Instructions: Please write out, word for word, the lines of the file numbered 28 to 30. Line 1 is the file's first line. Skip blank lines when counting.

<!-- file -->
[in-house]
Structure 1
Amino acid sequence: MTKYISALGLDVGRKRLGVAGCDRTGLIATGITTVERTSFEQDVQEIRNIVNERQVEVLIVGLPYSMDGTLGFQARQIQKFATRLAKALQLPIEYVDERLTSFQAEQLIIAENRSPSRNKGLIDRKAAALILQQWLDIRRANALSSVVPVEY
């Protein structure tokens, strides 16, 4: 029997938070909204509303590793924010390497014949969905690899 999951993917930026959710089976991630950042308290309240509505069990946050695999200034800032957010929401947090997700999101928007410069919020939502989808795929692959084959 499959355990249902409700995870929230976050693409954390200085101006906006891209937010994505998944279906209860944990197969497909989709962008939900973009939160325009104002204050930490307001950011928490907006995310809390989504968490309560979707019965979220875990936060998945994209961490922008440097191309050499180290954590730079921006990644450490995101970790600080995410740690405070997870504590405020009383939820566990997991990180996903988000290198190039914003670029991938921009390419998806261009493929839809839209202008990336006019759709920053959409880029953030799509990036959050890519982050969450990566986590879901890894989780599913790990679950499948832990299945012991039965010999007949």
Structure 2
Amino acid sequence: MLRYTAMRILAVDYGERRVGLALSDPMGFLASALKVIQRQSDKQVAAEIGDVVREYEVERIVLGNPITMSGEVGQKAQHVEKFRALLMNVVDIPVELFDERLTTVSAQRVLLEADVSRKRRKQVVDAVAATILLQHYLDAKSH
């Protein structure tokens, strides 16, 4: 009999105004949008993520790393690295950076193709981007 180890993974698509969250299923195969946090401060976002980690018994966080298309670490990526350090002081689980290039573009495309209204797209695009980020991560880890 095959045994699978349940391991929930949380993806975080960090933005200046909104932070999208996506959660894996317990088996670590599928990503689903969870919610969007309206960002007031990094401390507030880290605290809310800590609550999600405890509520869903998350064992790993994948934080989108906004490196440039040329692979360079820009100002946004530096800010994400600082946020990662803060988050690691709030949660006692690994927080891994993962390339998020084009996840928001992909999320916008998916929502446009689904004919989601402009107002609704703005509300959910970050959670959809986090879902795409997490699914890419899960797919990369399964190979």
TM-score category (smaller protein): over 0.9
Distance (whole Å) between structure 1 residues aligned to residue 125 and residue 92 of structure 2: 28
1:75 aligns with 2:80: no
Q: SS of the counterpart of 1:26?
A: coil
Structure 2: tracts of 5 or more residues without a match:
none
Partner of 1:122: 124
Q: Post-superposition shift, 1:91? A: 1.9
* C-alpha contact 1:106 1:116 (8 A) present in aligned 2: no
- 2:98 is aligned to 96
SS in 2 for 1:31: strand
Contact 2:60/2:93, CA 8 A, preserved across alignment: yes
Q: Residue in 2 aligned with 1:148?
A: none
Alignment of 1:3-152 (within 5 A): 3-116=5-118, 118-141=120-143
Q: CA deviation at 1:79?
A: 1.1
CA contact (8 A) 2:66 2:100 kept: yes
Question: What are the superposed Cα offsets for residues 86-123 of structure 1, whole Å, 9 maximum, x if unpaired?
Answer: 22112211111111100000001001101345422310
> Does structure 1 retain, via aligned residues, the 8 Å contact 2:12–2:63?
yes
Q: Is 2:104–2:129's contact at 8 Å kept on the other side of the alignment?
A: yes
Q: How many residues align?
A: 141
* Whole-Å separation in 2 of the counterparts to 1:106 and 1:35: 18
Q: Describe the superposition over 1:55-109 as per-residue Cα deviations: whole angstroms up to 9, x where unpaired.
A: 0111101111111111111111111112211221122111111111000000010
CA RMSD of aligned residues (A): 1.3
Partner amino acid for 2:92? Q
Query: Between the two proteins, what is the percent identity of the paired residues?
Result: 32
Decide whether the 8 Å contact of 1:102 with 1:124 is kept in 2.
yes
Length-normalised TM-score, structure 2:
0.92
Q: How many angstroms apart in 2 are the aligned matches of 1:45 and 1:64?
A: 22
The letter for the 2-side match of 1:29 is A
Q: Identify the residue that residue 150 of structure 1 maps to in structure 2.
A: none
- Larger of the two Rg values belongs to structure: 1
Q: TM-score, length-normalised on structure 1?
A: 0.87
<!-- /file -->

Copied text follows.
Answer: 22112211111111100000001001101345422310
> Does structure 1 retain, via aligned residues, the 8 Å contact 2:12–2:63?
yes